The eye test that maps your brain27 November 2018
Future Leaders in Neuroscience and Mental Health Research is an initiative providing seed-corn funding to early career researchers at Cardiff University. Donations to this cause are enabling Cardiff researchers like Dr Kathryn Peall to measure eye movements that will lead her to the part of the brain involved in a disorder called dystonia.
Dystonia is a little known, and not fully understood condition. Symptoms include painful, prolonged muscle contractions, as well as abnormal movement and tremors. For Dr Kathryn Peall, that lack of understanding is a major motivator:
“As a clinician, I find myself apologising to patients for the limited knowledge surrounding dystonia. I diagnose it, but at the moment treatments target symptoms, not the neurological root of the problem. We need to step up and do something.”
When we visit her clinic, her research seems strangely familiar considering it’s looking for a hidden away part of the brain that causes this neurological disorder. In fact, it resembles a fairly standard eye test.
“Thanks to Future Leaders funding, I am tracking subtle eye movements in patients with dystonia, using these movements to locate the source of dystonia in the brain. This is a huge stepping stone into data on how the disease works and how we can treat it.”
Talking to dystonia patients who are participating in her research, it’s clear that this is not just a data gathering exercise. For Rhiannon Gray, her diagnosis came about by chance:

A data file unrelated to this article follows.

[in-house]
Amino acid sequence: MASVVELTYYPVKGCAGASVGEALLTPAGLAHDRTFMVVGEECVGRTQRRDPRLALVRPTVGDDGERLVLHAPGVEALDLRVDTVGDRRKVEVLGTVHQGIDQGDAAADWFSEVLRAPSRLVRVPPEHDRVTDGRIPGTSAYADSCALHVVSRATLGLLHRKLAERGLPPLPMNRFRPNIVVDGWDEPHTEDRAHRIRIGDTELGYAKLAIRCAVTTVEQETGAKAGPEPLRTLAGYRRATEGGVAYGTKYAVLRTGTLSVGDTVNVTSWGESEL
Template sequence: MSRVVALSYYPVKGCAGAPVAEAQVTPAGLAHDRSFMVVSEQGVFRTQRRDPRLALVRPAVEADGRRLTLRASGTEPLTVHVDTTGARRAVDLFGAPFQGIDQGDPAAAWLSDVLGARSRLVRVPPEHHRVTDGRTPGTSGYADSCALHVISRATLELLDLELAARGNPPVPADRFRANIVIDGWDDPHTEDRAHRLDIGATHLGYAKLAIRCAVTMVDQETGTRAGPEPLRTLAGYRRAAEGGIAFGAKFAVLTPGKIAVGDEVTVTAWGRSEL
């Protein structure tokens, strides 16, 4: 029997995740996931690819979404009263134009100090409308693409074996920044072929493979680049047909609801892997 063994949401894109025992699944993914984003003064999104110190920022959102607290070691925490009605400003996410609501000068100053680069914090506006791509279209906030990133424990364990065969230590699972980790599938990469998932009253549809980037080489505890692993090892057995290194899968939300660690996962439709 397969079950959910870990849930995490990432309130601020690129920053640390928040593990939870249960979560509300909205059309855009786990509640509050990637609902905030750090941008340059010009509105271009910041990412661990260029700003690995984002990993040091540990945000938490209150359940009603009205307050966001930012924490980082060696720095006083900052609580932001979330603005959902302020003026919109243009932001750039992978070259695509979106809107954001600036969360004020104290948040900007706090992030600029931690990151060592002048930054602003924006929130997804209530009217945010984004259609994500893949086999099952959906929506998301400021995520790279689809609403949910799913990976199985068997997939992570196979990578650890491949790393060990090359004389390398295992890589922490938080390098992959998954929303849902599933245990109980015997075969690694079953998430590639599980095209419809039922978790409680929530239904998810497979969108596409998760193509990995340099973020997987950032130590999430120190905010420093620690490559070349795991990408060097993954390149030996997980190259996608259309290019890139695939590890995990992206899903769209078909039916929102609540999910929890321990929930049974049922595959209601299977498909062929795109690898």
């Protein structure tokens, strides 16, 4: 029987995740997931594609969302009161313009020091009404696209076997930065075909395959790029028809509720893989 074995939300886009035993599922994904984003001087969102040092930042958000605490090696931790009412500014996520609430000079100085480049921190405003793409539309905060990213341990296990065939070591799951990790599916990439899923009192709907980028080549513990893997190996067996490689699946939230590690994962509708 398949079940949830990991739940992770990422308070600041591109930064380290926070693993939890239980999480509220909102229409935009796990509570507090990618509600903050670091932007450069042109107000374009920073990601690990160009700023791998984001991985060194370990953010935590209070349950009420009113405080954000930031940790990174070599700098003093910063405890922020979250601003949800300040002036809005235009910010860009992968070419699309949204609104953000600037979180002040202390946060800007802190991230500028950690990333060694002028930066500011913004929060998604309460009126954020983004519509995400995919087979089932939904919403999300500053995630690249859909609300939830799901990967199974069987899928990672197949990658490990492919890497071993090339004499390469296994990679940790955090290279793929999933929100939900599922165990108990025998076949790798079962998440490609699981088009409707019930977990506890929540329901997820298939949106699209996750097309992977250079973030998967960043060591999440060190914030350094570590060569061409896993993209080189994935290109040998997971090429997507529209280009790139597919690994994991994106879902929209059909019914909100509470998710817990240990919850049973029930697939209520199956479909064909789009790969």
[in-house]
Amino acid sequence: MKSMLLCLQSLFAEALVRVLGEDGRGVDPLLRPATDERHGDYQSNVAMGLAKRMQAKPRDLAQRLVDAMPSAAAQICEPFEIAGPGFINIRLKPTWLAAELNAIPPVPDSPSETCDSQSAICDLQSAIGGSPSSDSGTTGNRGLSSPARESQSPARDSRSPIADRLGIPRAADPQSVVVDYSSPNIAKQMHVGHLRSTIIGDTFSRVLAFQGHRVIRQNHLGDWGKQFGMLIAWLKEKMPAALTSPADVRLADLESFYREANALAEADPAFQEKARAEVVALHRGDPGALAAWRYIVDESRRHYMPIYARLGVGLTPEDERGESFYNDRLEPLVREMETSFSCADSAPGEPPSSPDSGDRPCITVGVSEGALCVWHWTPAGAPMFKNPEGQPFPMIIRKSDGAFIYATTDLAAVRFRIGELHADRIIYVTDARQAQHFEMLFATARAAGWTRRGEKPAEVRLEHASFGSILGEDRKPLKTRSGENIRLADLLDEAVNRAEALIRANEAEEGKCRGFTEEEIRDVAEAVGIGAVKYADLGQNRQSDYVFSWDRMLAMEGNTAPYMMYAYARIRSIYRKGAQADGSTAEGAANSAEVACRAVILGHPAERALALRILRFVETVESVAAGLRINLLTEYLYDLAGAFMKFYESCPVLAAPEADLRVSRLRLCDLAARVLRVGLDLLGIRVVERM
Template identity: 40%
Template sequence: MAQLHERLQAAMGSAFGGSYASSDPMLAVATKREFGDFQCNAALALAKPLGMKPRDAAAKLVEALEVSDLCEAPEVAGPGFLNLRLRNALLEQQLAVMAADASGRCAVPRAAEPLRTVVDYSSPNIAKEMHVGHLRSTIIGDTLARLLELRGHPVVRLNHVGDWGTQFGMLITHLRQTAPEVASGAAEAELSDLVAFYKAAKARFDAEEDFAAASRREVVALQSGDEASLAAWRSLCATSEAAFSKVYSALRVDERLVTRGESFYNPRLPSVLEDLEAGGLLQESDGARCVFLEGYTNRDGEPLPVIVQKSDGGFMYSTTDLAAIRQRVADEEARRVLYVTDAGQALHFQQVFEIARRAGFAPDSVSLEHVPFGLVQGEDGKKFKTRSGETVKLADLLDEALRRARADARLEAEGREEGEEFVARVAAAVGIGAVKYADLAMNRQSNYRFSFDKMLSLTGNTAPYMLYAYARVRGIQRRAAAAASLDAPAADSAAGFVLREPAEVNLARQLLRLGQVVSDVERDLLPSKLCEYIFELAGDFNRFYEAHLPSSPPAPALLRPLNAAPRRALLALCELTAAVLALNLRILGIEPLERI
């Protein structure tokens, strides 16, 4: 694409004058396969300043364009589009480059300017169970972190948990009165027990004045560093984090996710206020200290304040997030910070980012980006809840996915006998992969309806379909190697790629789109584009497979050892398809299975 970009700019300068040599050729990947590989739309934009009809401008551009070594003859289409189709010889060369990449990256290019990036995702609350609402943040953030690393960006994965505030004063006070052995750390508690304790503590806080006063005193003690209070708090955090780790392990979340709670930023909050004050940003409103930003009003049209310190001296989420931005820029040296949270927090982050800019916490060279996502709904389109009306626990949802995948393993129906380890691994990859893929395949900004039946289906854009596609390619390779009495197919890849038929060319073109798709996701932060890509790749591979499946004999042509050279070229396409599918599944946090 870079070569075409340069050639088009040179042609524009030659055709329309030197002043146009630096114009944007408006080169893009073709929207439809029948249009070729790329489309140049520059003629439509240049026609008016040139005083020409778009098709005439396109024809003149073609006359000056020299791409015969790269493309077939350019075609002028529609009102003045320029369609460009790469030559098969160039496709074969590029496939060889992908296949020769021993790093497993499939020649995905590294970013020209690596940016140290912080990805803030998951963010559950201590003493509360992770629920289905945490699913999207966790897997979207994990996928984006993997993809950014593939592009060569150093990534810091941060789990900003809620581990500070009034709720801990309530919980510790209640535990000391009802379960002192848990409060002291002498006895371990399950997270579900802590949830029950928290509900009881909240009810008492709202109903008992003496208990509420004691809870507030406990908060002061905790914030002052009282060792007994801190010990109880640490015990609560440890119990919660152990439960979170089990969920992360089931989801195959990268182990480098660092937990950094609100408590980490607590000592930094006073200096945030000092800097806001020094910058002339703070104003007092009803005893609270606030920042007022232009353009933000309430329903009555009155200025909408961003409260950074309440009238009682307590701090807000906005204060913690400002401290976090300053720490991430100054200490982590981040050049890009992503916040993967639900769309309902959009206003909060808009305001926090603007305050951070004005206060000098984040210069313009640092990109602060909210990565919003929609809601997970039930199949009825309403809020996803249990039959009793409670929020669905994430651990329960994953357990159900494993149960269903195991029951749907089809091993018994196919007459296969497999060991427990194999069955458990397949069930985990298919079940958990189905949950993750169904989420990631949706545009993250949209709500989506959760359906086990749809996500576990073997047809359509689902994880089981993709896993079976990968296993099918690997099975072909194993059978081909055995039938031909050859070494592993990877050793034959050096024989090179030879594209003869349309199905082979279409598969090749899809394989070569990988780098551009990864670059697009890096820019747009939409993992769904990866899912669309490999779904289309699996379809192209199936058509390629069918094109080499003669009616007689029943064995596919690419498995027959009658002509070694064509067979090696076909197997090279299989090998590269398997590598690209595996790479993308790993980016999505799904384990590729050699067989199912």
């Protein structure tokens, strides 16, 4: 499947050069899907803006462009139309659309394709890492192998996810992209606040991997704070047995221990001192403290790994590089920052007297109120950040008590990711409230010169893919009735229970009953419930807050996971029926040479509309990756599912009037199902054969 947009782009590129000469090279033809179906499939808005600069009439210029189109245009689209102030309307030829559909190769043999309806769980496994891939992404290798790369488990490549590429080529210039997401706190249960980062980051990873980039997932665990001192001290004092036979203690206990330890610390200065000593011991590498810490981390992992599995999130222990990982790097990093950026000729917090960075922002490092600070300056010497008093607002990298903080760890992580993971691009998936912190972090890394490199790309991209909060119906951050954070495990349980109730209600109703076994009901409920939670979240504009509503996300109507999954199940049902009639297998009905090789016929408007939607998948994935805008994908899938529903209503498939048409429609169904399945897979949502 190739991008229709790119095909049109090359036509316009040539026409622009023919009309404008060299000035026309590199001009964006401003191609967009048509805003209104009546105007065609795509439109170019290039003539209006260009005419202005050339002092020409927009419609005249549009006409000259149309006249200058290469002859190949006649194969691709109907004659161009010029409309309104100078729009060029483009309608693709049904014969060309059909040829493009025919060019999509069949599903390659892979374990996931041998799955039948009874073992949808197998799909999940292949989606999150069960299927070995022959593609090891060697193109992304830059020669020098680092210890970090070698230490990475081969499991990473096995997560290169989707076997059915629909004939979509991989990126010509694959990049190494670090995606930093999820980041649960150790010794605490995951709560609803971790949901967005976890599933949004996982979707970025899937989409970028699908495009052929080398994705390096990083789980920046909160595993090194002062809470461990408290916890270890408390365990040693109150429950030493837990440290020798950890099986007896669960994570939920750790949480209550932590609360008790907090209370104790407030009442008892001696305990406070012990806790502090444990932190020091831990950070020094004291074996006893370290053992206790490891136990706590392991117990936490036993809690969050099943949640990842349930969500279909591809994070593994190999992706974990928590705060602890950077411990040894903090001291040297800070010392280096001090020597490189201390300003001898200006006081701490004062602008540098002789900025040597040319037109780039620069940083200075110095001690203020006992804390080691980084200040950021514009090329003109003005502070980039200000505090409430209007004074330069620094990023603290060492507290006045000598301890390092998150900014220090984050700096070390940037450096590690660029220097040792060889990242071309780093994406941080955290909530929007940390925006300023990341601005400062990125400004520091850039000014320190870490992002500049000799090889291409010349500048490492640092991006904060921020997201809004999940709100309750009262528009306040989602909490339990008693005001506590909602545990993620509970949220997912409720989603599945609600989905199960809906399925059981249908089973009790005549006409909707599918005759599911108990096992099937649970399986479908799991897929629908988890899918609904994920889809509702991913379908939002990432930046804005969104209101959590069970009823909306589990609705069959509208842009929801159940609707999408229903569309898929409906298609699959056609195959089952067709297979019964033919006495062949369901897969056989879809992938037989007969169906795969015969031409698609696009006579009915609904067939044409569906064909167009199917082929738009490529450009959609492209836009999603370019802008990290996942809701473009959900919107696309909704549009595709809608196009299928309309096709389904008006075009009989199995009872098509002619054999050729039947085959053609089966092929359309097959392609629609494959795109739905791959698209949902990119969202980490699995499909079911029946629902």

“When I was 35 and pregnant with my third child I started to have a tremor down my left arm. The GP couldn’t find a cause or diagnosis, and my physiotherapist couldn’t figure out the source of the pain either. It just so happened that my physio met a neurologist who was interested in my case and who was able to diagnose me with dystonia within five minutes.”
Being diagnosed with dystonia not only allowed her to manage her symptoms(medications like botox and Parkinson’s drugs are currently used) but it also prompted her to think about other sufferers in her family.
“I am the third generation in my family who suffers with this. My grandfather had motor neurone disease and my mother has suffered from a tremor since her 30s. I’m very aware that any of my children might also have it.”
“Being part of Dr Peall’s research means that I’m doing what I can for my children and their children, to find better treatments and even cures.”
That link to patients, and the impact on their lives and families is not lost on Dr Peall.
“When patients come long distances to participate in my research, desperate to understand more about what is happening to them, I am motivated by the impact that this project will have on real lives.”
And, thanks to the support of donors, Dr Peal firmly believes there is real hope for this research to progress.:
“Because of the Future Leaders donations, we’ve secured further funding to pursue this lead. We want to track sleep data, and we want to use brain imaging to see if our findings correlate with brain activity.”
“I believe that in my lifetime we will have better treatment for dystonia”